This Week’s Discoveries | 15 March 2016
- 15 March 2016
- This Week's Discoveries
- Science Campus
2333 CC Leiden
Title: Galaxy clusters at the lowest frequencies
Speaker Francesco de Gasperin (Leiden Observatory)
Francesco is a VENI fellow at the Leiden Observatory. His research is mainly based on developing and exploiting new technologies in radio-astronomy to study active galactic nuclei (AGN), galaxy clusters, galaxies and ultimately everything which emits radio waves. Abstract During the last decade, low-frequency (<1 GHz) radio-astronomy has risen from a challenging technical experiment to a productive field of observational astronomy. In particular, the Low Frequency Array (LOFAR) will provide a transformational new view on diffuse vary large scale (~Mpc) radio emission in galaxy clusters. These radio sources are the ultimate observational evidence that cluster mergers produce large scale turbulence and shocks, accelerating cosmic rays. In this talk I will present the latest results on the study of galaxy clusters at the lowest frequencies. I will focus the discussion on a new type of radio source which might become a prominent population in low-frequency deep observations of galaxy clusters: radio phoenixes. Radio phoenixes are old plasma bubbles ejected by accreting supermassive black holes and subsequently compressed/re-energized by merger-driven shocks.
Second Lecture, Lorentz Center highlight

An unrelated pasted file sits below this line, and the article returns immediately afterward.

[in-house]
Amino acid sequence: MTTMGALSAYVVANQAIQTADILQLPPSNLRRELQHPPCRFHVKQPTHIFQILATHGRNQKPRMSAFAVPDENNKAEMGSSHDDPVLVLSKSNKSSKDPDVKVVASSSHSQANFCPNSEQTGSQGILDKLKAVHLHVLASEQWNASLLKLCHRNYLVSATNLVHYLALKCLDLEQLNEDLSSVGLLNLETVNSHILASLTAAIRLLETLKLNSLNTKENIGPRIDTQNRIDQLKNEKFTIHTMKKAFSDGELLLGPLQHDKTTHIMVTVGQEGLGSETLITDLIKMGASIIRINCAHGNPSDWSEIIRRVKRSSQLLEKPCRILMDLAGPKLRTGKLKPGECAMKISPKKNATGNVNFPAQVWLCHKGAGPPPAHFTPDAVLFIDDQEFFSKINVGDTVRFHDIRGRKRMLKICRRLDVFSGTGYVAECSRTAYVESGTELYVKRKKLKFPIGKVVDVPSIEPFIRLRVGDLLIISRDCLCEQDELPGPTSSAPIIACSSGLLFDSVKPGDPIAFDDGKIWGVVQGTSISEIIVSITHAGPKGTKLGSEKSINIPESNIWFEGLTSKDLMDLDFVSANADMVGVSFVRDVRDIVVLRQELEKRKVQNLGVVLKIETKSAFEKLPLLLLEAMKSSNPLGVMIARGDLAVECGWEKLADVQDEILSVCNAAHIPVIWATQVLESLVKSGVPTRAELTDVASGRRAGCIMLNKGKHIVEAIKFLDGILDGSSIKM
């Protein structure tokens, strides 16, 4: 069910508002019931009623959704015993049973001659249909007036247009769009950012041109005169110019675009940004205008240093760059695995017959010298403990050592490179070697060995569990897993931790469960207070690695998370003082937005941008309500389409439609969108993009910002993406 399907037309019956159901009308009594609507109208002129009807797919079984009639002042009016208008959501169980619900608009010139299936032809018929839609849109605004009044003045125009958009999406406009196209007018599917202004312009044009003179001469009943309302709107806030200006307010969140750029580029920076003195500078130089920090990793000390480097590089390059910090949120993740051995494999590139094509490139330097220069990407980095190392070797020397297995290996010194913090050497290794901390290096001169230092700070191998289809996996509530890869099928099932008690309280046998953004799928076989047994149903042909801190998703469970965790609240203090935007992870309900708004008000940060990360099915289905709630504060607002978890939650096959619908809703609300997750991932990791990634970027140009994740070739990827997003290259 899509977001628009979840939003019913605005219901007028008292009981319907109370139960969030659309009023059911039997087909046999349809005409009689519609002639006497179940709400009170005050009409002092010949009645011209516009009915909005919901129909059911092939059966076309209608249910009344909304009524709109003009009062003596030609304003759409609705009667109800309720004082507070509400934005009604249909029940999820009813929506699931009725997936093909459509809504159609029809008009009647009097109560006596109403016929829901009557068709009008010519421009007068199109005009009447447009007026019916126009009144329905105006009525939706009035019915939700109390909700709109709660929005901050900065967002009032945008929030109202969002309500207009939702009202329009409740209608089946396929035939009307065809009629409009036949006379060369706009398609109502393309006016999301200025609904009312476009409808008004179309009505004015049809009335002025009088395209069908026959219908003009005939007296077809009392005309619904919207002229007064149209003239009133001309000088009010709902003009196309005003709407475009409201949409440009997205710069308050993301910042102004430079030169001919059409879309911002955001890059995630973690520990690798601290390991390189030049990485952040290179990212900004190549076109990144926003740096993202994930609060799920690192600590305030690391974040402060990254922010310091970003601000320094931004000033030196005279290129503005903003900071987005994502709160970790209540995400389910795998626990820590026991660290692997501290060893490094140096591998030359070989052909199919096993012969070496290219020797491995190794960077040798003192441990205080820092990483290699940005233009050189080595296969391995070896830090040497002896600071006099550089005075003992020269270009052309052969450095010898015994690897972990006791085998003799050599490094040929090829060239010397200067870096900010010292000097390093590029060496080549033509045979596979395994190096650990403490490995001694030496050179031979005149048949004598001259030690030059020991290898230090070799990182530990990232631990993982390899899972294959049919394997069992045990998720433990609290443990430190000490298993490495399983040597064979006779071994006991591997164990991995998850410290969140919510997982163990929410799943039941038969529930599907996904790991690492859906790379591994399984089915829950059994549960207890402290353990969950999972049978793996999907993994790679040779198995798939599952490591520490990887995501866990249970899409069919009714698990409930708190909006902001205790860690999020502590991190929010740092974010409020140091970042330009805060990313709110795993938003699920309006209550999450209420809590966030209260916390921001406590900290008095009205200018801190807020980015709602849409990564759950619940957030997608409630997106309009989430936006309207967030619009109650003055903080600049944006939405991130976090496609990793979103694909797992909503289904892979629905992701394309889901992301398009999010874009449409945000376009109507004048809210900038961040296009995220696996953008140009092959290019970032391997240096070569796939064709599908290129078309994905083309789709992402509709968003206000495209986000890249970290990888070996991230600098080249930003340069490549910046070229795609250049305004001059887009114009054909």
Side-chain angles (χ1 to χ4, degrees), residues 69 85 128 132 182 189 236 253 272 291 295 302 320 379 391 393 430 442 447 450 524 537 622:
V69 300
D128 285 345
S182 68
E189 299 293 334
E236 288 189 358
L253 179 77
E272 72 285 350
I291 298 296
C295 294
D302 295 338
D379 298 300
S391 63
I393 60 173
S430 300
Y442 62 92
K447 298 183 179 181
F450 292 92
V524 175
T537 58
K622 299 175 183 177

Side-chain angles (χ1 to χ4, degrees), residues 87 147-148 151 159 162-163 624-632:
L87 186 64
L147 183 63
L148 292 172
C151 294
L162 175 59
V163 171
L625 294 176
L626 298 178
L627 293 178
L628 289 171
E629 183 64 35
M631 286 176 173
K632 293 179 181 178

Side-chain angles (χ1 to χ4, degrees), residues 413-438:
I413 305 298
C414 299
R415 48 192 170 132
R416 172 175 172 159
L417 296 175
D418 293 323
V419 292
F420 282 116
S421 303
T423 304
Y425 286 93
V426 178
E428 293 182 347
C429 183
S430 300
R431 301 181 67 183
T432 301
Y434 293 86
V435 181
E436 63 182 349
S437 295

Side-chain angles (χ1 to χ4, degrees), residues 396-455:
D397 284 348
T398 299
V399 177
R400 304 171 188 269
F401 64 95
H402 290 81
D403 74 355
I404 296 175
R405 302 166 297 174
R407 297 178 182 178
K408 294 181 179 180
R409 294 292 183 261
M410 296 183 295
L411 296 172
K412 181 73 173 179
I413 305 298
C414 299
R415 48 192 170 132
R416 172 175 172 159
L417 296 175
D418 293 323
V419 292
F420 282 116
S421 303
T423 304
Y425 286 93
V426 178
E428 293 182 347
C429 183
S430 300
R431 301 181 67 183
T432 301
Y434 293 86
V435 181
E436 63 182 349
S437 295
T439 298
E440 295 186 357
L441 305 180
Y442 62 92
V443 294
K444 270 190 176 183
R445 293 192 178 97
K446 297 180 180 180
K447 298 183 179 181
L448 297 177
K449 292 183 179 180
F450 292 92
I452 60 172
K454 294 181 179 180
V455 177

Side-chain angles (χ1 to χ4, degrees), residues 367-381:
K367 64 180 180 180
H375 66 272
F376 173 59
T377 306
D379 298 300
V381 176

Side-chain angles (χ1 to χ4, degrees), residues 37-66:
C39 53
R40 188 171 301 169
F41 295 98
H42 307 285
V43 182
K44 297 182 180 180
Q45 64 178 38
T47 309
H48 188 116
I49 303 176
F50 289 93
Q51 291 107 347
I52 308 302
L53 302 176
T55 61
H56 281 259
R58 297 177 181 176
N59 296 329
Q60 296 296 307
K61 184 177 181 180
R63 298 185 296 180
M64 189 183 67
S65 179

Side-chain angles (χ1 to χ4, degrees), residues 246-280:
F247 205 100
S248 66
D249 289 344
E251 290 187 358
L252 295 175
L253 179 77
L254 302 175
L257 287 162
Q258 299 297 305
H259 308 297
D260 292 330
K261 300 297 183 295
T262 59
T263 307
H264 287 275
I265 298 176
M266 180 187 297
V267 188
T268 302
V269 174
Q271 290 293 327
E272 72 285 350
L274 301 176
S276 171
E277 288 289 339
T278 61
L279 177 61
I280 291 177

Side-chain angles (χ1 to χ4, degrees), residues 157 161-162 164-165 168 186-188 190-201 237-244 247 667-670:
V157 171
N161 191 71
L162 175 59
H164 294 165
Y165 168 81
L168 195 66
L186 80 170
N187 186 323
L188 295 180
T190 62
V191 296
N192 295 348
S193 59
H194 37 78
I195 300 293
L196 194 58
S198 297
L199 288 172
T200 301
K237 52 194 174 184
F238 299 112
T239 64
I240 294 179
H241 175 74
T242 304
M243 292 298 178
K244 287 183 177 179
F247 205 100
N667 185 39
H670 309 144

Title: Peeling the lid on living circuits
Speaker Klaus Hahn ( Chapel Hill, USA)
Klaus is Thurman Distinguished Professor of Pharmacology at the University of North Carolina, Chapel Hill. His lab focuses on two synergistic areas: development of proteins and small molecules to visualize and control protein activity in live cells and animals, and applying these tools to address basic questions re spatiotemporal control of signaling.
“Our biological studies center on the role of cytoskeletal and adhesion dynamics in signaling crosstalk, directed motility, and immune cell function. We are extending our cell biology studies to examine metastasis and macrophage motility in 3D models and in vivo. While addressing specific molecules for our biological studies, we have produced generally applicable approaches to visualize and control signaling. These include new fluorescent biosensor designs to quantify conformational changes of endogenous proteins, and biosensors based on engineered protein scaffolds for otherwise inaccessible molecules. We are developing fluorescent dyes for single molecule microscopy of protein conformational changes in vivo, and engineered domains that can be inserted into target proteins to control protein function using either light or small molecules. Other new methods selectively activate specific protein behaviors. We greatly benefit from interactions with collaborators who focus on computational image analysis, modeling of signaling dynamics, and developing novel microscopes”.
Klaus is participating in the Lorentz Center workshop: Optogenetics: From molecules to applications that is being held from 14 March 2016 through 18 March 2016.
Cells are comprised of a beautiful and intricate network of constantly changing components – they sense the extracellular world, integrate inputs, and decide how to proceed with thousands of specialized cell behaviors. The cellular decision making circuitry is not static – part of the logic of decision making is the constant turnover and assembly of specialized machines and logic circuits. Until recently it has not been possible to understand how such brief and localized events control cellular behavior, but now we can see individual components in the living cell, have them emit light to report their behavior, and can even control the decision-making molecules with light. This talk will briefly introduce some of the new tools enabling us to visualize and control cellular decision making, and highlight our observations of how these events control cell behavior.